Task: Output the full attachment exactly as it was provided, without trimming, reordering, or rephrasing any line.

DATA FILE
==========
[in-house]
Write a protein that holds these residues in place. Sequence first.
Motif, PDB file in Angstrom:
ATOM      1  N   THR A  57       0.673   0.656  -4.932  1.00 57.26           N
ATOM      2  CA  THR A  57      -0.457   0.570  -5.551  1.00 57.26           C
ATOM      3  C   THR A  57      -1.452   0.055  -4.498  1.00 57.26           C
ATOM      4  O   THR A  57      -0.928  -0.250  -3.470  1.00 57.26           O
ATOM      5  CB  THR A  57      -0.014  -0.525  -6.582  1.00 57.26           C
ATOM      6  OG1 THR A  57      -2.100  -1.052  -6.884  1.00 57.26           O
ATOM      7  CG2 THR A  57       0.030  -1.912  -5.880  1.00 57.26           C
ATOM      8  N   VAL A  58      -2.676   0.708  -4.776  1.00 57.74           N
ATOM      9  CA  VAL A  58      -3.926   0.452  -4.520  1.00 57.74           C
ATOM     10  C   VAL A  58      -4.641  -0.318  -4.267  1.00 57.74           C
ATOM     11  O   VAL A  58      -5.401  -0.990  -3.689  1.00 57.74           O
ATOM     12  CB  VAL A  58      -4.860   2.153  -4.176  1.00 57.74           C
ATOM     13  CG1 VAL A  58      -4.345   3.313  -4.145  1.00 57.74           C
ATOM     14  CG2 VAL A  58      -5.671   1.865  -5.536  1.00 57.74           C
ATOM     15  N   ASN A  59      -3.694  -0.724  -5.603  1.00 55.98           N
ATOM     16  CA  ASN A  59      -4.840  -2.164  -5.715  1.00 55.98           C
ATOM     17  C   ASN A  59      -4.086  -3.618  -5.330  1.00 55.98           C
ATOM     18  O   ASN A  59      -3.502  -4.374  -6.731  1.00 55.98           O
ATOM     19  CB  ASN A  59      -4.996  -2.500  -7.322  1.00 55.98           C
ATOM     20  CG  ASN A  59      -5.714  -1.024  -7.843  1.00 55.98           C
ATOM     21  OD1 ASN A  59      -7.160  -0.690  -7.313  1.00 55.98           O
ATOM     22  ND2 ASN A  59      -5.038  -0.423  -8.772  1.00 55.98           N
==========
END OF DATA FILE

[in-house]
Write a protein that holds these residues in place. Sequence first.
Motif, PDB file in Angstrom:
ATOM      1  N   THR A  57       0.673   0.656  -4.932  1.00 57.26           N
ATOM      2  CA  THR A  57      -0.457   0.570  -5.551  1.00 57.26           C
ATOM      3  C   THR A  57      -1.452   0.055  -4.498  1.00 57.26           C
ATOM      4  O   THR A  57      -0.928  -0.250  -3.470  1.00 57.26           O
ATOM      5  CB  THR A  57      -0.014  -0.525  -6.582  1.00 57.26           C
ATOM      6  OG1 THR A  57      -2.100  -1.052  -6.884  1.00 57.26           O
ATOM      7  CG2 THR A  57       0.030  -1.912  -5.880  1.00 57.26           C
ATOM      8  N   VAL A  58      -2.676   0.708  -4.776  1.00 57.74           N
ATOM      9  CA  VAL A  58      -3.926   0.452  -4.520  1.00 57.74           C
ATOM     10  C   VAL A  58      -4.641  -0.318  -4.267  1.00 57.74           C
ATOM     11  O   VAL A  58      -5.401  -0.990  -3.689  1.00 57.74           O
ATOM     12  CB  VAL A  58      -4.860   2.153  -4.176  1.00 57.74           C
ATOM     13  CG1 VAL A  58      -4.345   3.313  -4.145  1.00 57.74           C
ATOM     14  CG2 VAL A  58      -5.671   1.865  -5.536  1.00 57.74           C
ATOM     15  N   ASN A  59      -3.694  -0.724  -5.603  1.00 55.98           N
ATOM     16  CA  ASN A  59      -4.840  -2.164  -5.715  1.00 55.98           C
ATOM     17  C   ASN A  59      -4.086  -3.618  -5.330  1.00 55.98           C
ATOM     18  O   ASN A  59      -3.502  -4.374  -6.731  1.00 55.98           O
ATOM     19  CB  ASN A  59      -4.996  -2.500  -7.322  1.00 55.98           C
ATOM     20  CG  ASN A  59      -5.714  -1.024  -7.843  1.00 55.98           C
ATOM     21  OD1 ASN A  59      -7.160  -0.690  -7.313  1.00 55.98           O
ATOM     22  ND2 ASN A  59      -5.038  -0.423  -8.772  1.00 55.98           N